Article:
As a consequence we are getting close to a worst-case scenario in Asia. We are tempting Beijing to increase its strategic arsenal. As mentioned, China has no treaty limits on nuclear weapons or their delivery systems. At the same time, with our AirSea battle concept, we talk more openly about conventional strikes on the mainland to shut down a Chinese attack. Even if we had the conventional capability to hit targets in China that would have a strategic effect, this approach could lead toward more nuclear weapons in China. If I were a Chinese strategist, I would look at every option to negate the consequences of a massive conventional strike on my homeland - I would build a more robust nuclear arsenal. And apparently that is what China is doing.

If our strategy is to respond to a Chinese attack on an ally with massive conventional strikes on the mainland, we better have the nuclear arsenal we need to deter a nuclear response.

In short, China has every incentive to add to its arsenal. And, without a nuclear, conventional, or missile defense answer, our allies must be growing nervous. According to a State Department report cited by my colleagues Tom Donnelly and David Trachtenburg, "[t]here is clear evidence in diplomatic channels that U.S. assurances to include the nuclear umbrella have been, and continue to be, the single most important reason many allies have foresworn nuclear weapons."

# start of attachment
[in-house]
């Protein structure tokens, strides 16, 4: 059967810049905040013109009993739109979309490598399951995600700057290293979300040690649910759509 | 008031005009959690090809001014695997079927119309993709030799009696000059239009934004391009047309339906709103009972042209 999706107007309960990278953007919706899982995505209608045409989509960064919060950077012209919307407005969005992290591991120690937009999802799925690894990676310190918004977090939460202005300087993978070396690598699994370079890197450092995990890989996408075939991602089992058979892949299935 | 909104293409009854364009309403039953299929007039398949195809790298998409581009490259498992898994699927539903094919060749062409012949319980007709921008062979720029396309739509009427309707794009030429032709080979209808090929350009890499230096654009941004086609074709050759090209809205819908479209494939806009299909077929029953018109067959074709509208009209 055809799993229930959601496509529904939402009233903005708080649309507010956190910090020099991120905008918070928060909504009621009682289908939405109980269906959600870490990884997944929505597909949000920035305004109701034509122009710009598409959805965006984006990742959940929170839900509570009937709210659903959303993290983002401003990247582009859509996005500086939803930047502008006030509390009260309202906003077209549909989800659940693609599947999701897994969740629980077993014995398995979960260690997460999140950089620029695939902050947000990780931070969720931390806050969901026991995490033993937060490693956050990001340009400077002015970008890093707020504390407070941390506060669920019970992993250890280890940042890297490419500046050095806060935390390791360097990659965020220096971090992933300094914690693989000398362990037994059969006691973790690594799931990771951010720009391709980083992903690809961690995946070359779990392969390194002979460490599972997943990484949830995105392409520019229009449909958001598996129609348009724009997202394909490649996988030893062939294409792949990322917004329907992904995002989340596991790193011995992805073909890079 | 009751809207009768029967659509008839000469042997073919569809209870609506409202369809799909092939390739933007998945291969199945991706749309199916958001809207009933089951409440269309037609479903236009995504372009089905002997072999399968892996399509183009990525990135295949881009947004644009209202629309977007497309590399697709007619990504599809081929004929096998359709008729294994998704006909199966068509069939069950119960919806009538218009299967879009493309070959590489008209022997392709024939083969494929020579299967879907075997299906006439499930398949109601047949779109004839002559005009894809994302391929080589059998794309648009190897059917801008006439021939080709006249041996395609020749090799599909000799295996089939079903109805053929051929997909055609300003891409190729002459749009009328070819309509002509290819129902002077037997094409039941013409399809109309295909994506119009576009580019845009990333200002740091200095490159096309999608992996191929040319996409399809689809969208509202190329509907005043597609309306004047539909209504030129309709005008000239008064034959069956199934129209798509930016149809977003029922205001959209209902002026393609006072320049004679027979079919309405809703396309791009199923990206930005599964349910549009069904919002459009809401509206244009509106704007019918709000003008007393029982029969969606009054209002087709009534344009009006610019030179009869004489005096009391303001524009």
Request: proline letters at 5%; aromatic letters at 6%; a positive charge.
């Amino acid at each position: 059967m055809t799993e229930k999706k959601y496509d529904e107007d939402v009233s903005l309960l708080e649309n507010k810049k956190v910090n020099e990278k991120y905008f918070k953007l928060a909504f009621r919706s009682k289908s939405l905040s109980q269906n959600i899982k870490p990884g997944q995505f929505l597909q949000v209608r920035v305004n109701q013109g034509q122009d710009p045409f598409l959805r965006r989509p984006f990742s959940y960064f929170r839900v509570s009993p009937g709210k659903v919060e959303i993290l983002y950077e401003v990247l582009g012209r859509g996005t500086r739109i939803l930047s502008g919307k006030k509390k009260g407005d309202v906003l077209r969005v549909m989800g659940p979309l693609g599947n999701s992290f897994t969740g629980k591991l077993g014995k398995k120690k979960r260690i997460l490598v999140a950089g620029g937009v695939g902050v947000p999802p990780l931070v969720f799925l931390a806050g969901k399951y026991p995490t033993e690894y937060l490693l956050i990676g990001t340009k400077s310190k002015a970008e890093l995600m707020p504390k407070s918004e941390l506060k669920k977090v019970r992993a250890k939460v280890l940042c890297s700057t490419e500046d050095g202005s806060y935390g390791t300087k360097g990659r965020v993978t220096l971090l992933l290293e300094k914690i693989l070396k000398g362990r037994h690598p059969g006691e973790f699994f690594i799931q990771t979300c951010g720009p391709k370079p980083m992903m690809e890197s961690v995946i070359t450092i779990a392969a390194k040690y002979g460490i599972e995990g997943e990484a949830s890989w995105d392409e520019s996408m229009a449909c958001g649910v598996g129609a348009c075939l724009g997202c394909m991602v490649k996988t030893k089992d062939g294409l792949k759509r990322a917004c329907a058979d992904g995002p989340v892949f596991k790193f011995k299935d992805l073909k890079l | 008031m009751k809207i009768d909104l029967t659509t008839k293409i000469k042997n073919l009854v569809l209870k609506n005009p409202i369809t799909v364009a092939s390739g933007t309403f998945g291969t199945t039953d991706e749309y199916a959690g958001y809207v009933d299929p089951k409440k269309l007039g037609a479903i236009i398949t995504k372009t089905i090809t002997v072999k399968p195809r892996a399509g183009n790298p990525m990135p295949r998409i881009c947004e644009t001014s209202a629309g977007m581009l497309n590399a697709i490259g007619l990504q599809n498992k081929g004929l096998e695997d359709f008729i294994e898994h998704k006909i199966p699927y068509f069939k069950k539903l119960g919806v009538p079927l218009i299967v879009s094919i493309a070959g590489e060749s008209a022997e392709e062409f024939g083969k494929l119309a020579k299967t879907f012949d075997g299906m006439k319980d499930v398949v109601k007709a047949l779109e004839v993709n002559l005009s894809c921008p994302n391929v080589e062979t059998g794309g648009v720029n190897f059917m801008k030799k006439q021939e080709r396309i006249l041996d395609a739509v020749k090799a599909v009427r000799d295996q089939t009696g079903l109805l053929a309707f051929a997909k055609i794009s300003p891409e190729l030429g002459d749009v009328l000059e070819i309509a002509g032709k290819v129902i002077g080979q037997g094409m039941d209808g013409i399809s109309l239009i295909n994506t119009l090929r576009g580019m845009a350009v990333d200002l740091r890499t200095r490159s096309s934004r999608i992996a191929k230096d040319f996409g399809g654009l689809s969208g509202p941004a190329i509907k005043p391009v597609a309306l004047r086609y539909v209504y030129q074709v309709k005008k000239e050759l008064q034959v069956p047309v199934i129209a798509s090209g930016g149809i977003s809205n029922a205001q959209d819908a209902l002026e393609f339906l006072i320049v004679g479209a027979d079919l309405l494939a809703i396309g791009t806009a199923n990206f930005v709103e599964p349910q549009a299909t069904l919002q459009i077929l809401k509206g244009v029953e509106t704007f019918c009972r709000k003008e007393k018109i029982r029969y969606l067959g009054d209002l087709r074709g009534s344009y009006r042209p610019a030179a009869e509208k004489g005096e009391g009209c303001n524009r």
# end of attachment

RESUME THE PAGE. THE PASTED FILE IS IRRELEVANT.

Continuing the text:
The bipartisan success of this decade's long strategic policy is undeniable. South Korea, Japan, Taiwan, Australia are all quite capable of acquiring nuclear weapons but chose (sometimes with U.S. prodding) not to do so. Now South Korea and Japan have at least two reasons to reconsider--North Korea is a nuclear weapons state and China may be a growing one. Taiwan is less confident that it will get the conventional arms it needs from the U.S., and we would do well to remember that it sought nuclear weapons when it was previously abandoned by the U.S.  

And Australia? While the administration's decision to place Marines in Darwin is a move in the right direction, it stands to be undercut by the problems described above. With the fraying credibility of a U.S. nuclear or overbearing conventional capability, an Australia hosting Marines may come to look like a juicier target for Chinese defense planners. In terms of deterrence, the question may cease to be whether we will trade Taipei for Los Angeles. Instead allies may ask, why host U.S. troops if Washington does not have a credible extended deterrent? The next question will be, if North Korea and China have nuclear weapons, why not us?

Global Zero may quickly turn to Global Many.

Daniel Blumenthal is a resident fellow at AEI